There are some rather “good” moths for Hertfordshire in the list – use the Herts Moth Book (or if you are under 50, the web site) to look them up.  In number order, I might perhaps suggest you look up, amongst others, 397: Glyphipterix thrasonella (rare in the county); 1088: Pseudosciaphila branderiana (very local); 1449: Elegia similella (nationally scarce); 1494: Capperia britanniodactyla (last recorded in the county at this site); 1771a: Thera cupressata Cypress Carpet (recent colonist – first county record was in 2006); 1943: Hypomecis roboraria Great Oak Beauty (extremely local – we had several in the traps and at the sheet); 2039: Atolmis rubricollis Red-necked Footman (almost certainly part of the recent immigration – we had 6). Two species, in the form of 0926: Phalonidia manniana and 1375: Ostrinia nubilalis have recently been split into two species each – we have retained specimens but not yet looked at these critically. It was good to have both Aethes cnicana and Aethes rubigana so they could be compared and there were other species pairs too, which made the evening informative as well as fun (e.g., Clouded Brindle and Clouded Bordered-brindle). Happily, the numbers of individuals of each species appear to have resumed a near normal setting, although there were singles of just a few species. There were several Satin Beauties, mostly in my trap at the far end of the line and at the end of the session around 2.30 am. Here too, I am told by others, Violet Ground Beetles (Carabus violaceus) were making off with large numbers of Leopard Moths that had not made it all the way to the safety of the trap! Good numbers of Great Oak Beauty emphasise the nature of the woodland habitat at Broxbourne.

Those marked with an asterisk (*) have been named by genitalia dissection. Thanks to all the trap operators who gave me lists of moths from their traps throughout the course of the evening. Please tell me if I missed anything.


Below I have listed the species that were present in my traps.

As the group was spread out, my traps got different species to what the others got, the best species by far were 2 scarce Map-winged Swifts that came to the Actinic.
Also the rare micros wee very pleasing to see in my traps.

12/07/13 – Broxbourne Woods - 1x 125w MV Robinson Trap, 1x 160w MBT Trap & 1x 80w Actinic Trap run from 9.45pm until 3.00am

Ghost Moth

Map-winged Swift

Tischeria ekebladella

Leopard Moth

Caloptilia alchimiella

Argyresthia goedartella
Scythropia crataegella
 Yponomeuta evonymella

Paraswammerdamia nebulella [NEW!]      

Cedestis gysseleniella [NEW!]

Prays fraxinella

Plutella xylostella

 Ypsolopha ustella

Coleophora flavipennella

Batia unitella

Carcina quercana

Pseudatemelia flavifrontella [NEW!]

Parachronistis albiceps [NEW!]

Teleiodes vulgella

Teleiodes luculella

Blastodacna hellerella

Phalonidia manniana

Agapeta hamana

Aethes cnicana

Cochylis atricapitana

Pandemis cerasana

 Pandemis heparana

 Archips podana

 Archips xylosteana

 Lozotaeniodes formosanus

 Epagoge grotiana
 Ditula angustiorana
Pseudargyrotoza conwagana

Cnephasia asseclana*

Aleimma loeflingiana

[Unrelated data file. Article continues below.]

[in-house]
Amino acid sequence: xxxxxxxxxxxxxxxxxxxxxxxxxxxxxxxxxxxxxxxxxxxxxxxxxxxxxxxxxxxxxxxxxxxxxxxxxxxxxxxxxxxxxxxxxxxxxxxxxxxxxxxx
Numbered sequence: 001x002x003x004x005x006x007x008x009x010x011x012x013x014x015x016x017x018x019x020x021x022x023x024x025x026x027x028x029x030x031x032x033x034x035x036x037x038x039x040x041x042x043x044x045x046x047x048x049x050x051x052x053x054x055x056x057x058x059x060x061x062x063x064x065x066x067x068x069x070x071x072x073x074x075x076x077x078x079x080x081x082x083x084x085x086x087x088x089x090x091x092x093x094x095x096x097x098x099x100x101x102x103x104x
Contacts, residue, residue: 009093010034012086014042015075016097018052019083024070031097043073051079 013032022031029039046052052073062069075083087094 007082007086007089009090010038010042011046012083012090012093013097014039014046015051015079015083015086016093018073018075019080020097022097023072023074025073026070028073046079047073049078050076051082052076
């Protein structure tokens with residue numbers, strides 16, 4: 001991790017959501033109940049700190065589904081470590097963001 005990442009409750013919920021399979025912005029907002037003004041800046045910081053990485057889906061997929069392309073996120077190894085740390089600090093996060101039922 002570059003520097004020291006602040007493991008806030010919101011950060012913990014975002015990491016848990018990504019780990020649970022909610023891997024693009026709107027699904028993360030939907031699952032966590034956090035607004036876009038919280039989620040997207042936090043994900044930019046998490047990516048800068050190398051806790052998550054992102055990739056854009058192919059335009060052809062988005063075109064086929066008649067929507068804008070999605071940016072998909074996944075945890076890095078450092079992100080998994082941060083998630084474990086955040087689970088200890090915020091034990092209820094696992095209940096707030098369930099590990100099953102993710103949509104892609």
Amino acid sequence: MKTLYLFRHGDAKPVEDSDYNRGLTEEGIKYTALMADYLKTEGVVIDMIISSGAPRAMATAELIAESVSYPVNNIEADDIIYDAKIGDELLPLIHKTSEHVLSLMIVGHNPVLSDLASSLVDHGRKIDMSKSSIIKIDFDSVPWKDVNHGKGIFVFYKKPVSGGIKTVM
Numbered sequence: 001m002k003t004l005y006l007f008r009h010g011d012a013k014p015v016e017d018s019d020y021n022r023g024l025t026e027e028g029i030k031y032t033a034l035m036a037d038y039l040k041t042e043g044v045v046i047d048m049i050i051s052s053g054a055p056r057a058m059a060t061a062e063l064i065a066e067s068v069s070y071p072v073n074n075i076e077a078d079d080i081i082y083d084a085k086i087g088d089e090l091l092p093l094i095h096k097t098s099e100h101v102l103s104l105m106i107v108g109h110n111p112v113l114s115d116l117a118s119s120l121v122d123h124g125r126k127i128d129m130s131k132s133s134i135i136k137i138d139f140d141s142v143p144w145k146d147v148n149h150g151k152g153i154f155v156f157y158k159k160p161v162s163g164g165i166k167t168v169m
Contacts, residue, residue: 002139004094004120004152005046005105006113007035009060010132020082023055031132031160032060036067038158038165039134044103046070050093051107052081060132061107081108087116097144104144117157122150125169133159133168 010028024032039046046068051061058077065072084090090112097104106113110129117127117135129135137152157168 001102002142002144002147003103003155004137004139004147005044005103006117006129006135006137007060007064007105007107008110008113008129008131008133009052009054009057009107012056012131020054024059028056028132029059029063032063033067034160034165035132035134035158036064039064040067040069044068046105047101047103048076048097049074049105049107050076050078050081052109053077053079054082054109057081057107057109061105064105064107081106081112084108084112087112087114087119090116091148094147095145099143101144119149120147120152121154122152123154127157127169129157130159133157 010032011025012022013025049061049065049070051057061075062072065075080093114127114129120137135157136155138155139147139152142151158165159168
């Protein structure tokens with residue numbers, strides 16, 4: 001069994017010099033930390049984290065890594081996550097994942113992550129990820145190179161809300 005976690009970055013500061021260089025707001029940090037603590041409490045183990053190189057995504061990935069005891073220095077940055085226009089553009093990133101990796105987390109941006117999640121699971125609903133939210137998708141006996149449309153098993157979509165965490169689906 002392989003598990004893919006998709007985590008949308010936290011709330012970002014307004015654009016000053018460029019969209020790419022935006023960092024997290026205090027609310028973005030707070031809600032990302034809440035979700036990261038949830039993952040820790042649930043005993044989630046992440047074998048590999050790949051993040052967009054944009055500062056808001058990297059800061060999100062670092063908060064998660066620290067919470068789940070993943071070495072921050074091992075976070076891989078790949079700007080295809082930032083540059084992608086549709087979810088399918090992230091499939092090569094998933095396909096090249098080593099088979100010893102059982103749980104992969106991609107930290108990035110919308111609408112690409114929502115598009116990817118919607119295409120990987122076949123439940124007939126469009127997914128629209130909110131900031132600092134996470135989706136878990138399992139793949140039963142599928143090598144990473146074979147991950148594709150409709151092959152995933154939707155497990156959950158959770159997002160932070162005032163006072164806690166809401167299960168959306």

Tortrix viridana

Spatalistis bifasciana [NEW!]

Celypha lacunana

Hedya pruniana

Hedya nubiferana

Hedya salicella

Apotomis turbidana

Ancylis achatana

 Zeiraphera isertana

Epiblema uddmanniana

Eucosma cana

Eucosma obumbratana

Spilonota ocellana

Rhyacionia pinivorana

Chrysoteuchia culmella

Crambus lathoniellus

Catoptria pinella

Dipleurina lacustrata

Eurrhypara hortulata

Perinephela lancealis

Udea prunalis

Udea olivalis

 Endotricha flammealis

 Phycita roborella

Ephestia parasitella

Capperia britanniodactyla [NEW!]

Pterophorus pentadactyla

Adaina microdactyla


Pebble Hook-tip

Peach Blossom

Buff Arches

Figure of Eighty

Blotched Emerald

Common Emerald

Clay Triple-lines


Least Carpet

Small Fan-footed Wave

Treble Brown Spot

Riband Wave

Silver-ground Carpet

Common Carpet

Barred Straw

Common Marbled Carpet

Barred Yellow

Blue-bordered Carpet

Grey Pine Carpet

 July Highflyer

Small Rivulet

Foxglove Pug

Wormwood Pug

Currant Pug

Grey Pug

Green Pug

Double-striped Pug

Small White Wave

Small Yellow Wave

Clouded Border

Tawny-barred Angle

Brown Silver-line

Bordered Beauty

Lilac Beauty

Swallow-tailed Moth

Peppered Moth

Willow Beauty

Mottled Beauty
Satin Beauty [NEW!]

Great Oak Beauty

Pale Oak Beauty


Brindled White-spot

Bordered White

Common White Wave

Common Wave

Clouded Silver

Light Emerald

Barred Red

Poplar Hawk-moth

Elephant Hawk-moth


Lobster Moth

Iron Prominent

Pebble Prominent

Maple Prominent

Pale Prominent


Rosy Footman

Red-necked Footman

Scarce Footman

Buff Footman

Common Footman

Buff Ermine

Short-cloaked Moth

Heart and Club


Flame Shoulder

Large Yellow Underwing

Ingrailed Clay

Double Square-spot

Smoky Wainscot

Minor Shoulder-knot

Poplar Grey


Grey Dagger

Bird's Wing

Small Angle Shades

Dark Arches

Light Arches

Clouded-bordered Brindle

Clouded Brindle

Dusky Brocade

Rufous Minor*

Tawny Marbled Minor

Small Dotted Buff


Marbled White Spot

Scarce Silver-lines

Oak Nycteoline

Burnished Brass

Beautiful Golden Y


Beautiful Hook-tip

Straw Dot



Small Fan-foot

Birds Wing

Bordered White

Capperia britanniodactyla

Cedestis gysseleniella

Clay Triple-lines

Ebulea crocealis

Map-winged Swift

Parachronistis albiceps

Paraswammerdamia nebulella

Pseudatemelia flavifrontella

Rosy Footman

Satin Beauty

Small Dotted Buff

Spatalistis bifasciana

No comments:

Post a Comment